|Lack of cooperation||Medically compromised||Young age||p|
|Teeth treated/patients||11.63 ± 3.801||10.09 ± 4.604||11.95 ± 3.341||0.162|
|Resin composite restorations/patients||3.23 ± 2.423||4.54 ± 3.705||3.47 ± 2.525||0.150|
|Pulpotomies/patients||3.08 ± 1.845||1.34 ± 2.169||4.79 ± 2.529||0.000|
|SSC/patients||2.78 ± 1.747||1.34 ± 2.141||4.16 ± 2.243||0.000|
|Endodontic treatments permanent tooth/patients||0.03 ± 0.158||0.54 ± 1.379||0.16 ± 0.688||0.046|
|Number of teeth extracted/patients||4.65 ± 4.538||3.77 ± 4.440||3.37 ± 2.813||0.485|
|Number of esthetic zirconia crowns/patients||0.18 ± 0.594||0.06 ± 0.338||0.26 ± 1.147||0.536|
|Number of pit and fissure sealants/patients||0.43 ± 1.010||0.86 ± 2.353||0.37 ± 1.012||0.439|
|Number of direct and indirect pulp capping/patients||0.00 ± 0.000||0.26 ± 0.657||0.00 ± 0.000||0.014|
|Number of amalgams restorations/patients||0.00 ± 0.000||0.20 ± 0.677||0.00 ± 0.000||0.083|
|Ultrasonic scaling||8 (20.0%)||26 (74.3%)||5 (26.3%)||<0.001|
|Impression for a fixed or removable appliance||7 (17.5%)||0 (0.0%)||1 (5.3%)||0.026|
|Cementation of a space maintainer||1 (2.5%)||0 (0.0%)||1 (5.3%)||0.501|
|Stripping on anterior primary mandibular teeth||13 (33.3%)||3 (8.6%)||12 (66.7%)||<0.001|
|Follow-up in the office after GA||35 (87.5%)||18 (51.4%)||14 (73.7%)||0.003|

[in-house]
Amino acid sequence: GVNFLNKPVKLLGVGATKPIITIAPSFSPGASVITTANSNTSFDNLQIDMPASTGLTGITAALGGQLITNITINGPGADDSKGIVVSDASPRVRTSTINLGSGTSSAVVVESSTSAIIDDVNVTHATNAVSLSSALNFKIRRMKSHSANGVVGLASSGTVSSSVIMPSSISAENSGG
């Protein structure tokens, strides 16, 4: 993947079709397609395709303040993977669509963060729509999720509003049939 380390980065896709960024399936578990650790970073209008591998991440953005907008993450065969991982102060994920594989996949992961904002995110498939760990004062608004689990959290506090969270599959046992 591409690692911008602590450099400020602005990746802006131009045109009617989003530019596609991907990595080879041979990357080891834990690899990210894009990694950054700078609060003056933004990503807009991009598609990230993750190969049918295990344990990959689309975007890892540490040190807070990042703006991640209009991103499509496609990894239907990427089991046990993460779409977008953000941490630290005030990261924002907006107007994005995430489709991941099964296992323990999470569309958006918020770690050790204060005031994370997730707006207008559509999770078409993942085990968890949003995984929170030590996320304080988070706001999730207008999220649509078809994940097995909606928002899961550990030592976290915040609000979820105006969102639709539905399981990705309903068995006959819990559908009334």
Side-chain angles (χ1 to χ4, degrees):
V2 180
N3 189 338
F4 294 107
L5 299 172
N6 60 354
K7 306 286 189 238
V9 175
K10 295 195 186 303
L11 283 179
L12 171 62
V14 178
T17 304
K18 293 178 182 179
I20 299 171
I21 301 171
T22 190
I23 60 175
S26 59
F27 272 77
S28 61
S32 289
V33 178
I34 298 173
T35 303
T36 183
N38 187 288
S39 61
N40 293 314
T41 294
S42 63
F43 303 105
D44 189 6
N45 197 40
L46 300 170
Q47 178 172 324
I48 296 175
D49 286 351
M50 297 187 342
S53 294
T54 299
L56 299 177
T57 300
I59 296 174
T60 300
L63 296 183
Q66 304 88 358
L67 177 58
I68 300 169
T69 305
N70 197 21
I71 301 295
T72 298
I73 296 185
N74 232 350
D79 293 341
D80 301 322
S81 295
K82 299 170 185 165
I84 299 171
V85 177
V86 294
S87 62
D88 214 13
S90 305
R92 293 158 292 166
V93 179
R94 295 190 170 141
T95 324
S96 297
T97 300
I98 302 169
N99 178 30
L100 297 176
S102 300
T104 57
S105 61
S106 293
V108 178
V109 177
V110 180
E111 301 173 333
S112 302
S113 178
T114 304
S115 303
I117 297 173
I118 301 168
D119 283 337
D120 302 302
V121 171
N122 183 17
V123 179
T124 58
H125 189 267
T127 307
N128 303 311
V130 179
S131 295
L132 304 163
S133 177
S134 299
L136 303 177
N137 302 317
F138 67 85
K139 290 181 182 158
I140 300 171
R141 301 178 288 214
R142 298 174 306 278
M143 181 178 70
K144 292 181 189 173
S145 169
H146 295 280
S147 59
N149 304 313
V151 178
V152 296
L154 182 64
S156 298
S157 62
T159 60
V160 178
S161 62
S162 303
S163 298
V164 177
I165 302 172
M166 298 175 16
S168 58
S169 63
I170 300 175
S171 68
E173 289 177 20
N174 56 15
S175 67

|Teeth treated||11.72 ± 4.292||10.89 ± 4.228||10.85 ± 3.738||9.93 ± 4.166||0.582|
|Resin composite restorations||3.52 ± 2.760||3.26 ± 2.229||4.73 ± 3.853||2.80 ± 2.933||0.172|
|Pulpotomies||2.69 ± 2.606||2.96 ± 2.377||2.19 ± 1.939||3.67 ± 2.992||0.307|
|SSC||2.28 ± 2.051||2.59 ± 2.099||2.04 ± 1.990||3.80 ± 2.957||0.091|
|Endodontic treatment permanent tooth||0.07 ± 0.258||0.37 ± 1.079||0.42 ± 1.332||0.00 ± 0.000||0.302|
|Teeth extracted||5.10 ± 4.655||4.33 ± 3.833||2.85 ± 3.120||3.27 ± 4.935||0.196|
|Esthetic zirconia crowns||0.34 ± 1.111||0.15 ± 0.456||0.00 ± 0.000||0.00 ± .000||0.203|
|Pits and fissures sealants||0.52 ± 2.246||0.33 ± 0.920||1.08 ± 1.719||0.47 ± 1.125||0.393|
|Direct and indirect pulp capping||0.00 ± 0.000||0.15 ± 0.602||0.08 ± 0.272||0.20 ± 0.561||0.391|
|Amalgam restorations||0.07 ± 0.371||0.19 ± 0.681||0.00 ± 0.000||0.00 ± 0.000||0.359|
|Ultrasonic scaling||6 (20.7%)||9 (33.3%)||16 (61.5%)||9 (60.0%)||0.006|
|Impression for a fixed or removable appliance||5 (17.2%)||2 (7.4%)||1 (3.8%)||0 (0.0%)||0.253|
|Cementation of a space maintainer||1 (3.4%)||1 (3.7%)||0 (0.0%)||0 (0.0%)||1.000|
|Stripping on anterior primary mandibular teeth||11 (39.3%)||5 (19.2%)||8 (30.8%)||4 (26.7%)||0.461|
|Follow-up in the office after GA||23 (79.3%)||22 (81.5%)||17 (65.4%)||7 (46.7%)||0.077|
In patients with mixed or permanent dentition, endodontic treatment on a permanent tooth (p = 0.016), direct and indirect pulp capping (p = 0.007) amalgam restorations (p = 0.040), pit and fissure sealants (p = 0.089), and ultrasonic scaling (p < 0.001) were more frequent.